Thoughts on managing a lifelong journey of love and grief, and links to further readings
(Site Guide No. 5)
Grief is the price we pay for love…
The journey of grief – adjusting to life without the presence of someone – or more than one person – who means a lot to us – is not a journey we embark on willingly.
We don’t really have a choice in the matter. If we love someone, and they are permanently absent, we are going to miss them. We’ll walk through life missing them. That’s the journey of grief.
There is no defined ending to this journey. It’s lifelong, although fortunately that doesn’t mean that the difficulty of the journey remains constant.
The Valley Journey
Valleys are long and deep and wide but not every acre of the valley is equally thick or equally dark.” (C.S. Lewis)
The journey of grief is often pictured as taking us through a valley.
What do you find in a valley? Areas of shade, areas of sunshine. Rocky obstacles, smoother patches. Valleys are rarely completely flat. The path rises and falls, sometimes close to the river, sometimes further away. Some valleys are dry, with no rivers running through.
That quote from C.S. Lewis on the changing aspect of a valley is helpful in our grief journey. It’s not always quite as it is today.
One step at a time
When we think of grief as a journey, we get a really great clue about how to survive it: by taking one step at a time.
It’s the long distance walker’s theme. One step after the other.
I discovered recently when walking up steep hills, which I find quite difficult, that it was easier if I got myself into a rhythm by counting each step. 1 step, 2, 3, 4, 5. Then countdown 5, 4, 3, 2, 1. Pause, catch breath. Resume count – if it’s not too steep, increase numbers. 1, 2, 3, 4, 5, 6, 7, 8. Countdown 8, 7, 6, 5, 4, 3, 2, 1. And so on.
“And so on.” That’s grief. It’s “so on.” We carry on. Sometimes we have better days or periods of time and at other times we struggle more. If we can just hold onto hope that we won’t always feel that bad, then it gives us strength to do the “so on-ing”.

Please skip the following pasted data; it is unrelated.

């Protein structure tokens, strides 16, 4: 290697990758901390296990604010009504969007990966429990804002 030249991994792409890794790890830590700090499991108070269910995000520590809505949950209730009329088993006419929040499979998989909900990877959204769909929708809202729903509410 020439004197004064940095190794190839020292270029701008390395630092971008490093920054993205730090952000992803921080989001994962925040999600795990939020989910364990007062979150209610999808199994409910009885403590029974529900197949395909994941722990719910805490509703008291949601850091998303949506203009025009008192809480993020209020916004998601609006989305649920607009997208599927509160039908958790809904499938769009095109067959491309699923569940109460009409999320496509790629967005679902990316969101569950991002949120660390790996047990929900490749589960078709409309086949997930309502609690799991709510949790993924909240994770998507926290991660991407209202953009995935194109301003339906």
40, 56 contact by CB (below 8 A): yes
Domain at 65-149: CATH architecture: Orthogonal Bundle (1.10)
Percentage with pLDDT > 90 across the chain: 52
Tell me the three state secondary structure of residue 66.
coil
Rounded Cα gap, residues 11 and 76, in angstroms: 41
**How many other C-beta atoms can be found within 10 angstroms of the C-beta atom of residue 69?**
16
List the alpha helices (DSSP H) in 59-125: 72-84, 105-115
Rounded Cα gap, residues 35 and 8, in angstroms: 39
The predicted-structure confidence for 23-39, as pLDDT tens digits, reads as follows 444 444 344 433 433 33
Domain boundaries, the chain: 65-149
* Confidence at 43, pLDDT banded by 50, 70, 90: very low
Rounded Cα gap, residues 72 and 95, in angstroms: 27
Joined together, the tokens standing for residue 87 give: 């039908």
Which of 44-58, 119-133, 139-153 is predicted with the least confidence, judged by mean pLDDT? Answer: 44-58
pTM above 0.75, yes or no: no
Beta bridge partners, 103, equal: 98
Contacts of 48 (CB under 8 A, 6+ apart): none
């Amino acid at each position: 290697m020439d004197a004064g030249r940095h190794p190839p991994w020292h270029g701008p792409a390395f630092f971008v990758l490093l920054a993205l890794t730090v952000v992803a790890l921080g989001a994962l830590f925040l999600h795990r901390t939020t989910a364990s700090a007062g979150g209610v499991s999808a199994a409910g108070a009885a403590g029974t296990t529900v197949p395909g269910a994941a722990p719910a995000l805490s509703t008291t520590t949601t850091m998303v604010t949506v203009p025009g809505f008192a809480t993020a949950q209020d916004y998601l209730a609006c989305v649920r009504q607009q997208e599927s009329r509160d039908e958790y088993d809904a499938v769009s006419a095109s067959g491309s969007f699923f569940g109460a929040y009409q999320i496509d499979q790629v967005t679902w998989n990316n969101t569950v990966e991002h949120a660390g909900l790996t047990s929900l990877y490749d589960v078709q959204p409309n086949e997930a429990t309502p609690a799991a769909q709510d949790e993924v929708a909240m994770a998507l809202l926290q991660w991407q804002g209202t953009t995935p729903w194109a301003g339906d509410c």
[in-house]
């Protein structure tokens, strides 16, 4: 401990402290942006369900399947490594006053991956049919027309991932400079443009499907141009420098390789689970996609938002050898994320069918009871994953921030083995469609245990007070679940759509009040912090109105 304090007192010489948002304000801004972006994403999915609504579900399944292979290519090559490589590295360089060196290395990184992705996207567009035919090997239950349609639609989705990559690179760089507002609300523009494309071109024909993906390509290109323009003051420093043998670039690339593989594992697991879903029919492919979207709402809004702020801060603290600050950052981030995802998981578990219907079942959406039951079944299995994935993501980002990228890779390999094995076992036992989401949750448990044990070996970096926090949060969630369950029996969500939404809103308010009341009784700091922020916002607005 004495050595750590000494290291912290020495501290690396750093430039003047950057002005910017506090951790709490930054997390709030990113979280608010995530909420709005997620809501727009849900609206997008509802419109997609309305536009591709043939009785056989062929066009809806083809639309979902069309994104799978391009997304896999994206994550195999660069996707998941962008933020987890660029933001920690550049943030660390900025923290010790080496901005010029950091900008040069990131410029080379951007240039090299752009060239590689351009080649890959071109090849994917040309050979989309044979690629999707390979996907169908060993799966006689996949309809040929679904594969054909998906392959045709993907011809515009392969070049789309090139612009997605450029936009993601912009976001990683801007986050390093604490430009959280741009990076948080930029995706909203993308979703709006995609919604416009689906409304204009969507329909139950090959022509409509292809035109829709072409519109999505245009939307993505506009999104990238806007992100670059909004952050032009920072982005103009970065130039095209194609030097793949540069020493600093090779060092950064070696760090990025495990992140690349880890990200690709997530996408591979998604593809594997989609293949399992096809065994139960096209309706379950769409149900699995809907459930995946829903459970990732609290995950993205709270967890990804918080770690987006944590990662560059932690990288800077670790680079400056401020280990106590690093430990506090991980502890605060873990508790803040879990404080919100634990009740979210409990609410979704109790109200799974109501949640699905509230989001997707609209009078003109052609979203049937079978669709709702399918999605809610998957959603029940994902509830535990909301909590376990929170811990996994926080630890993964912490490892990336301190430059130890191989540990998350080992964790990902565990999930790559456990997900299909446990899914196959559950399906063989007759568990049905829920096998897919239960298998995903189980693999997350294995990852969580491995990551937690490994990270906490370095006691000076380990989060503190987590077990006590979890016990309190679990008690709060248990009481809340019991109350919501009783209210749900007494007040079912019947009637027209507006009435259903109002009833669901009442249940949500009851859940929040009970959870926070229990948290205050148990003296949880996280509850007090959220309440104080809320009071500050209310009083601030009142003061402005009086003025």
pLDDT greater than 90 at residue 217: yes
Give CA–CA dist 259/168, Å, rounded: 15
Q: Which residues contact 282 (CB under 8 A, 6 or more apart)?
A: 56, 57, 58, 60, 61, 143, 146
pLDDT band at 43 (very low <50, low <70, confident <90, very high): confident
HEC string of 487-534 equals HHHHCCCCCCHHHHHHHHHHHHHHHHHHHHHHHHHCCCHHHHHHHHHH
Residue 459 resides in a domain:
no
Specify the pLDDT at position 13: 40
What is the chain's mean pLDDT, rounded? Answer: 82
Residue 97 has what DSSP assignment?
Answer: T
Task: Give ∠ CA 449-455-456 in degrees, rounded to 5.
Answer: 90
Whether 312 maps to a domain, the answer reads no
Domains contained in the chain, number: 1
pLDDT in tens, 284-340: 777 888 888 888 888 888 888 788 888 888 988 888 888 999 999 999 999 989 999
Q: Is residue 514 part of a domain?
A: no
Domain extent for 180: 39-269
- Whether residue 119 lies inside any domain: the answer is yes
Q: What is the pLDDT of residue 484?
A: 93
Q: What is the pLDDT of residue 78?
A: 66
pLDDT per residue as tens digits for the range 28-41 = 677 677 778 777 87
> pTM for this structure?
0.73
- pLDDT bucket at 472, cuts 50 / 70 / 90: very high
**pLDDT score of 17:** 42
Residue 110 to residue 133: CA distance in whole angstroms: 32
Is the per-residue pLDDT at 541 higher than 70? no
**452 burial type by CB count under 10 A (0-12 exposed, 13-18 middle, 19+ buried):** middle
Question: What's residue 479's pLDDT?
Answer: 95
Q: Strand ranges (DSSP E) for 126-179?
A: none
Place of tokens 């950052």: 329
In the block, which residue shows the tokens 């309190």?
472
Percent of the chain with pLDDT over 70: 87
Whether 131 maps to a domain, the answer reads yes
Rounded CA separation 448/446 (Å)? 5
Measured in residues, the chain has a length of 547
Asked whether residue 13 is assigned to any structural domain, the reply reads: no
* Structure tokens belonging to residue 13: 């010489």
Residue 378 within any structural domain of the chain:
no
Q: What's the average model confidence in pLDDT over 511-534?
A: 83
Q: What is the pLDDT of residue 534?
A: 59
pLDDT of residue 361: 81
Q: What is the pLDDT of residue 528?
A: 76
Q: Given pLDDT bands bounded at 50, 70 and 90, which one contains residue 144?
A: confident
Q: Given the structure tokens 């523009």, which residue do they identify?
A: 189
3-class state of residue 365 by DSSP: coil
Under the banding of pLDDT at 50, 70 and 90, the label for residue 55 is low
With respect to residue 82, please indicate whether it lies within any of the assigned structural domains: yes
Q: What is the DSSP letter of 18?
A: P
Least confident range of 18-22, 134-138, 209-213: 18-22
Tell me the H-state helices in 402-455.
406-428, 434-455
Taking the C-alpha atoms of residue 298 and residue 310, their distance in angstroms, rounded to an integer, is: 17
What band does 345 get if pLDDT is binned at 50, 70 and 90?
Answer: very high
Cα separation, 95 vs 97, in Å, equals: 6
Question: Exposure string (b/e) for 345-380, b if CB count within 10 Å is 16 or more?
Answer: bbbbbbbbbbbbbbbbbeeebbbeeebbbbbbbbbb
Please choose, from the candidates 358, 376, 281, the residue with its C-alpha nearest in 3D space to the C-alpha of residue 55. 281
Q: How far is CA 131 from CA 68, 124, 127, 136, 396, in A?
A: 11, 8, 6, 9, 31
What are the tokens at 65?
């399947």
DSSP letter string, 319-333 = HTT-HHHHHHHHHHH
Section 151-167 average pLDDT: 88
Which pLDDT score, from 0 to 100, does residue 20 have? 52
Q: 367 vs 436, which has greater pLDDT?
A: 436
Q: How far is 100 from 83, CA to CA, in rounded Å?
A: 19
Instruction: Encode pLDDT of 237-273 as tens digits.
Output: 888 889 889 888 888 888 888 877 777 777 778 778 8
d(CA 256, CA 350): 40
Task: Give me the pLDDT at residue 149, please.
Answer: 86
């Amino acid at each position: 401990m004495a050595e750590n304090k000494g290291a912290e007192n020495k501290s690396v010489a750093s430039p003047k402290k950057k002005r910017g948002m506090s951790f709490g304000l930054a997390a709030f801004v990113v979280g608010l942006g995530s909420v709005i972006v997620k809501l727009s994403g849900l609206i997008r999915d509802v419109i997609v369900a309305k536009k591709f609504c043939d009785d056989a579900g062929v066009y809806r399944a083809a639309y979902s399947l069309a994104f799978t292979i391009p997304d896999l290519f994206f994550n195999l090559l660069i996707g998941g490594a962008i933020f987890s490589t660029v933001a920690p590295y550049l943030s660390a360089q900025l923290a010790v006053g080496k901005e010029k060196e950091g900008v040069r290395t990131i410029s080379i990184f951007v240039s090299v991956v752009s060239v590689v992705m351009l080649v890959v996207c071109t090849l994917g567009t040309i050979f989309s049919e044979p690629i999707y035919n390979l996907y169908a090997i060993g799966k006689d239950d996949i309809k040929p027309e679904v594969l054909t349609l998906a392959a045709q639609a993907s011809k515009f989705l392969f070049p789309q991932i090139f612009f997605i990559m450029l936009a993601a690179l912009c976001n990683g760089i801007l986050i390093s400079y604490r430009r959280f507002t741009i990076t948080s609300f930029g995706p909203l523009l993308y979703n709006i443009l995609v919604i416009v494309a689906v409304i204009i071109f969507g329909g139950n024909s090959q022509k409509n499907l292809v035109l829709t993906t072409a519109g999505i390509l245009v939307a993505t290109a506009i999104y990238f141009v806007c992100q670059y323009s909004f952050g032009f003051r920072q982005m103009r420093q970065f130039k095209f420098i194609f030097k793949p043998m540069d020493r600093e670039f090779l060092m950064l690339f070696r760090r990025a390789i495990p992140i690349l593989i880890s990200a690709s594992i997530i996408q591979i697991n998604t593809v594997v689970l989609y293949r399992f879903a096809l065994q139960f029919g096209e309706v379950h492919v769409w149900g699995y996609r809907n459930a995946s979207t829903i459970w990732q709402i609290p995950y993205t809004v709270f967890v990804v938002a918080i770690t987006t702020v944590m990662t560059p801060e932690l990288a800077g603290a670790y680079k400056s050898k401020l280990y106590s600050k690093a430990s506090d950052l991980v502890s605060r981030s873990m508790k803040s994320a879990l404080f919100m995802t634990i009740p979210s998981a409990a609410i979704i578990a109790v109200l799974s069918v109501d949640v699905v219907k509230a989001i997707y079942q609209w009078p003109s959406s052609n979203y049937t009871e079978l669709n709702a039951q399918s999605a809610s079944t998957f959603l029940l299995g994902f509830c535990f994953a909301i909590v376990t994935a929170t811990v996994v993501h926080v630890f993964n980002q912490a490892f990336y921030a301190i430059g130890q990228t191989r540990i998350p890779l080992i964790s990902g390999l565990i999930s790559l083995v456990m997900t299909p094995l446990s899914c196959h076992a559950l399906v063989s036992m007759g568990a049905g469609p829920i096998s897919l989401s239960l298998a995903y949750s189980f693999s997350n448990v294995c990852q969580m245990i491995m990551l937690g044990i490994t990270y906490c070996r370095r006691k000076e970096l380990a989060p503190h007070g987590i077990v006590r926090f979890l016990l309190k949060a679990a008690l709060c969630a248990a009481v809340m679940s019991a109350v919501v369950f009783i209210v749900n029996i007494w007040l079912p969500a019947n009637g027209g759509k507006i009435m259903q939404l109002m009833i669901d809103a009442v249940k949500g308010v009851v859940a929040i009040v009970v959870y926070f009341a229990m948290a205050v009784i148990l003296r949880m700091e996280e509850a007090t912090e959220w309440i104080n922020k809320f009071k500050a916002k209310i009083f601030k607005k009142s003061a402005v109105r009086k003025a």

Walking the Way – The Journey of Grief
MORE TO READ (LINKS TO ARTICLES)
“The Way” often refers to the popular network of “Camino” pilgrimage routes in Spain that lead to the Cathedral of St James in Santiago, but this series of posts is about much more than that.
- An introduction to the “Camino” and a review of the film “The Way” by Martin Sheen.
- One step at a time is the way to walk 100 kms, 500 kms, or a lifetime of grief. “It doesn’t matter where we are on our journey or the route that life has taken us. No matter how exhausted we are, however much pain we are enduring, however lonely or however much we’re seeking peace – no matter our condition – the way to live with loss is to keep going. Step after step. One step at a time.”
- The inspirational story of “Phil’s Camino” – Phil being someone who couldn’t go to Spain to do the walk he desired – and some thoughts about ‘virtual remembrance”
- A walk in Staffordshire around Rudyard Lake, and some thoughts on the importance of expressing our grief, and not letting ourselves get ‘blocked’.
- The importance of – but difficulties with – making decisions when you’re grieving.
- Our uniqueness as individuals – and my story of a short pilgrimage in Cornwall to St Michael’s Mount
- A river walk in Derbyshire. Reflecting on the value of our loved ones. No matter how long or short their life (although of course we wish it had been longer), there were beautiful times. They were loved and they loved.
- A walk along the Cromford Canal in Derbyshire. We might have justifiable worries about the path ahead but it may not turn out as bad as we anticipate.
- A walk in the Lake District. However much we may sympathise with others, we don’t see life through their eyes, and just as truly, nobody should try to interpret our life through their own. We each have to walk in our shoes and find our own path.
- Another walk in Derbyshire, this time through Dovedale, Beresford and Wolfscote Dales. Your grief may be a muddy river, with so much unclear, and so many emotions stirred. But take hope, because rivers are always in motion. What is today might not be tomorrow.
- Living in the present might be the only way to cope with the feelings of pessimism that often overshadow us in our grief. Photos and story of a walk on the Dane Valley Way.
- Getting through today is how we get through grief. There are no defined stages on our journey.